<span class="mw-page-title-main">Potential applications of carbon nanotubes</span>

Carbon nanotubes (CNTs) are cylinders of one or more layers of graphene (lattice). Diameters of single-walled carbon nanotubes (SWNTs) and multi-walled carbon nanotubes (MWNTs) are typically 0.8 to 2 nm and 5 to 20 nm, respectively, although MWNT diameters can exceed 100 nm. CNT lengths range from less than 100 nm to 0.5 m.

Molecular scale electronics, also called single-molecule electronics, is a branch of nanotechnology that uses single molecules, or nanoscale collections of single molecules, as electronic components. Because single molecules constitute the smallest stable structures imaginable, this miniaturization is the ultimate goal for shrinking electrical circuits.

<span class="mw-page-title-main">Optical properties of carbon nanotubes</span> Optical properties of the material

The optical properties of carbon nanotubes are highly relevant for materials science. The way those materials interact with electromagnetic radiation is unique in many respects, as evidenced by their peculiar absorption, photoluminescence (fluorescence), and Raman spectra.

<span class="mw-page-title-main">Covalent superconductor</span> Superconducting materials where the atoms are linked by covalent bonds

Covalent superconductors are superconducting materials where the atoms are linked by covalent bonds. The first such material was boron-doped synthetic diamond grown by the high-pressure high-temperature (HPHT) method. The discovery had no practical importance, but surprised most scientists as superconductivity had not been observed in covalent semiconductors, including diamond and silicon.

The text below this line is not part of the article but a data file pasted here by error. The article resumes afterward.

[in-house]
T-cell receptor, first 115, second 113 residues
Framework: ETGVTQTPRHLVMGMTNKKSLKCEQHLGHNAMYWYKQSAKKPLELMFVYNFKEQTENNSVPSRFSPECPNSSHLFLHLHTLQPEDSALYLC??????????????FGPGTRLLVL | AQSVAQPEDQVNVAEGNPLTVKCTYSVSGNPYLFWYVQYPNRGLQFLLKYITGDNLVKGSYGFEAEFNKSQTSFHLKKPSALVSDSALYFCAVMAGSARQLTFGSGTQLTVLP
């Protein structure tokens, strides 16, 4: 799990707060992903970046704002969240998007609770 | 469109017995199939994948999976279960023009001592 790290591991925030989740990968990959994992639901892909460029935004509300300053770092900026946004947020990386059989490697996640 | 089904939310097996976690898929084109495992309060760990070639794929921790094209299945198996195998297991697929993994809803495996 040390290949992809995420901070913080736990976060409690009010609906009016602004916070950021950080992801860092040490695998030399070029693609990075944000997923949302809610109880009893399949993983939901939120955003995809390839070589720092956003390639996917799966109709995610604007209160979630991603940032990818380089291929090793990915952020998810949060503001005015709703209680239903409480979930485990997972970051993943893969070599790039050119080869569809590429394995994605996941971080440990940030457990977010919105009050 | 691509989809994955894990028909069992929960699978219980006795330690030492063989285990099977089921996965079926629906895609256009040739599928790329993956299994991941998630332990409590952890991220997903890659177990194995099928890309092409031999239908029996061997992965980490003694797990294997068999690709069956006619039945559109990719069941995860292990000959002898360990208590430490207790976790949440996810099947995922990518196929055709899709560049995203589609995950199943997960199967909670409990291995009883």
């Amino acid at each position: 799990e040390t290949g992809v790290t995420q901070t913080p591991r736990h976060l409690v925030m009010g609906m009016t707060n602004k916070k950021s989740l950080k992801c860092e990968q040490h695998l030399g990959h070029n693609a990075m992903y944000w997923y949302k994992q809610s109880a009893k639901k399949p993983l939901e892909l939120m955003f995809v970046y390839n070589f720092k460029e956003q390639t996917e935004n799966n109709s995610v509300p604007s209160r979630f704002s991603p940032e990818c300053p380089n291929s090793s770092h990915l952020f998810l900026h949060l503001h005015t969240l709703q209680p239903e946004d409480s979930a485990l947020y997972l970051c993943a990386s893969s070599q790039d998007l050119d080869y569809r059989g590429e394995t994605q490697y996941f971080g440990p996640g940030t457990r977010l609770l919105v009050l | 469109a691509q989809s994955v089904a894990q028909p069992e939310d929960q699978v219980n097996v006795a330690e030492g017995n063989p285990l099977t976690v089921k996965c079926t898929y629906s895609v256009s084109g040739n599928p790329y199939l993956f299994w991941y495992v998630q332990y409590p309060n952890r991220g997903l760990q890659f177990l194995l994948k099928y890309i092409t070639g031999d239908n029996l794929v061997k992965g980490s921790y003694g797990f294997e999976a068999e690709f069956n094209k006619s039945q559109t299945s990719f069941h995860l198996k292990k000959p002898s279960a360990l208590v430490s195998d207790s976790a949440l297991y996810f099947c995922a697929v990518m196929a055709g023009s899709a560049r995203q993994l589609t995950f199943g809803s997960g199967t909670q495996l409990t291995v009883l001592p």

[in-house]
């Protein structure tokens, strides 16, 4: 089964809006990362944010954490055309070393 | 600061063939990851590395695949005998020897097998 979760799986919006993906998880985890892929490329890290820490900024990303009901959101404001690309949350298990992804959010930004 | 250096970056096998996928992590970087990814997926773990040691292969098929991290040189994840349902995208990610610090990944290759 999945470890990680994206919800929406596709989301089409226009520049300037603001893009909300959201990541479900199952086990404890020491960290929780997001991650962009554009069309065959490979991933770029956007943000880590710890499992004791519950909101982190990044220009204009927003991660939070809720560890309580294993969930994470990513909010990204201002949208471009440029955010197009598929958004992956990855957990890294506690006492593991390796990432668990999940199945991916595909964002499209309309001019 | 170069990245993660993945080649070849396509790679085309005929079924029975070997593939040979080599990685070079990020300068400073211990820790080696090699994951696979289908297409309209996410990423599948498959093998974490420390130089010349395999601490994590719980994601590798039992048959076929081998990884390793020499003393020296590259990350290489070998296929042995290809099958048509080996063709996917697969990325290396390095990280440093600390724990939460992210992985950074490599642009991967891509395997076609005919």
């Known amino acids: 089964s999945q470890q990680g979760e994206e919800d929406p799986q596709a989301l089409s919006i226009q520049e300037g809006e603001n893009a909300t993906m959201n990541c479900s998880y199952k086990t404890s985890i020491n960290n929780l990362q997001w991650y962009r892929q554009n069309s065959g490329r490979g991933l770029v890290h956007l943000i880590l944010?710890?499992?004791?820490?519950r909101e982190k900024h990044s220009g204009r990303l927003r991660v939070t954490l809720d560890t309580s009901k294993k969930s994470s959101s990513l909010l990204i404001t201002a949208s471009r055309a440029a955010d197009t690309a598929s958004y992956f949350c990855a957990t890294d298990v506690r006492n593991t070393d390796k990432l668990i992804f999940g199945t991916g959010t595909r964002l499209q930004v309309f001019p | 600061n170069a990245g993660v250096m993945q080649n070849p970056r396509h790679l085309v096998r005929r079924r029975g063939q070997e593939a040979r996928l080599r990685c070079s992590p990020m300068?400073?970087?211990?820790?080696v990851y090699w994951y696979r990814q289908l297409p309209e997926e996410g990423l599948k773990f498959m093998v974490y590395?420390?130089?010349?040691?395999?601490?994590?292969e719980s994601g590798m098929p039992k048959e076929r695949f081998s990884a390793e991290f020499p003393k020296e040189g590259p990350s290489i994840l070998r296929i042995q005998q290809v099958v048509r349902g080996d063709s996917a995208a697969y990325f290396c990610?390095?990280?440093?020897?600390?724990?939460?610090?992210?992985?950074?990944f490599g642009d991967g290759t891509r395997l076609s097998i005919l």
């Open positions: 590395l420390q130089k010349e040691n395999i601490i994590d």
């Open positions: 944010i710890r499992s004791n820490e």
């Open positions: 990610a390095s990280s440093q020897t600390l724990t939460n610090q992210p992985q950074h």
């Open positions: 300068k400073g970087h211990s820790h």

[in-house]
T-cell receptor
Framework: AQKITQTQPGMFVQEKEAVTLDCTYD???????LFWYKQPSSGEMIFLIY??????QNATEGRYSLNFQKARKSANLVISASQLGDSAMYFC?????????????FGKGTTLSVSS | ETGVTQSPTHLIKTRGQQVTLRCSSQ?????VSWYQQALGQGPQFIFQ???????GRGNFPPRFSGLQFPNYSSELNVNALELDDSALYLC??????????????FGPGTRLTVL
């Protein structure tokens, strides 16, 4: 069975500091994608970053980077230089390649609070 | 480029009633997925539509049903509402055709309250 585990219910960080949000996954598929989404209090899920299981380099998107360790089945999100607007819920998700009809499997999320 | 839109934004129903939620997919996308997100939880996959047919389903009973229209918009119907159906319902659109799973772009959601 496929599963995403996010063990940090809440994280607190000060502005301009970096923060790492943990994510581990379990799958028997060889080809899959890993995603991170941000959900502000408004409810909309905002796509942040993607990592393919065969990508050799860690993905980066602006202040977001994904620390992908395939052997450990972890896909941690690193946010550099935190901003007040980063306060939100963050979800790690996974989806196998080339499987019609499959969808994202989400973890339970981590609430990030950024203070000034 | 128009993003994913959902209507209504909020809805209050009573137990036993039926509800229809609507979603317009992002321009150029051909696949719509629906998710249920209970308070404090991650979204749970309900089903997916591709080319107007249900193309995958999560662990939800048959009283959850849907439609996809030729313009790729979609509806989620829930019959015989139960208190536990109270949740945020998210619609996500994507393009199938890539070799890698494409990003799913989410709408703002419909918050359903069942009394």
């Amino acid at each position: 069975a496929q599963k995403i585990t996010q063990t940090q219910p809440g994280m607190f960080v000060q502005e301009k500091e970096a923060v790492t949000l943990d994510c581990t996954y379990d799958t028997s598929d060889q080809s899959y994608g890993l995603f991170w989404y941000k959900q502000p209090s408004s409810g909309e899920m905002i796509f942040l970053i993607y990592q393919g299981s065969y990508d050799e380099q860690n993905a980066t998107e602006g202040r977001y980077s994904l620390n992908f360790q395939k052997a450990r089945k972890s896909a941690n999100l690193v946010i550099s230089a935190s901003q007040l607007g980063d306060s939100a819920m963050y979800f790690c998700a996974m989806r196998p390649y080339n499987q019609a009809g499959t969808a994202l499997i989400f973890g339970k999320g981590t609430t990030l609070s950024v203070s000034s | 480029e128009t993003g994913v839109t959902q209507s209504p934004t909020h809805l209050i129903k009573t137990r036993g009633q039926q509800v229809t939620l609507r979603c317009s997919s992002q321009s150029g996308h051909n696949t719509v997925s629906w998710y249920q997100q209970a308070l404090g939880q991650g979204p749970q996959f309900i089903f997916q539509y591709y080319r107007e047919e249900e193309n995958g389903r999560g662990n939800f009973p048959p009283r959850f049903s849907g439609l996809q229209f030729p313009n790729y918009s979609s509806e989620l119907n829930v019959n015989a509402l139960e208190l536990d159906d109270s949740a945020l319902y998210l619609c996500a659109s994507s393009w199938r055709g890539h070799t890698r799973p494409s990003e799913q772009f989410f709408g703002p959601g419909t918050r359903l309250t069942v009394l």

<span class="mw-page-title-main">Walter de Heer</span>

Walter Alexander "Walt" de Heer is a Dutch physicist and nanoscience researcher known for discoveries in the electronic shell structure of metal clusters, magnetism in transition metal clusters, field emission and ballistic conduction in carbon nanotubes, and graphene-based electronics.

A carbon nanotube field-effect transistor (CNTFET) is a field-effect transistor that utilizes a single carbon nanotube (CNT) or an array of carbon nanotubes as the channel material, instead of bulk silicon, as in the traditional MOSFET structure. There have been major developments since CNTFETs were first demonstrated in 1998.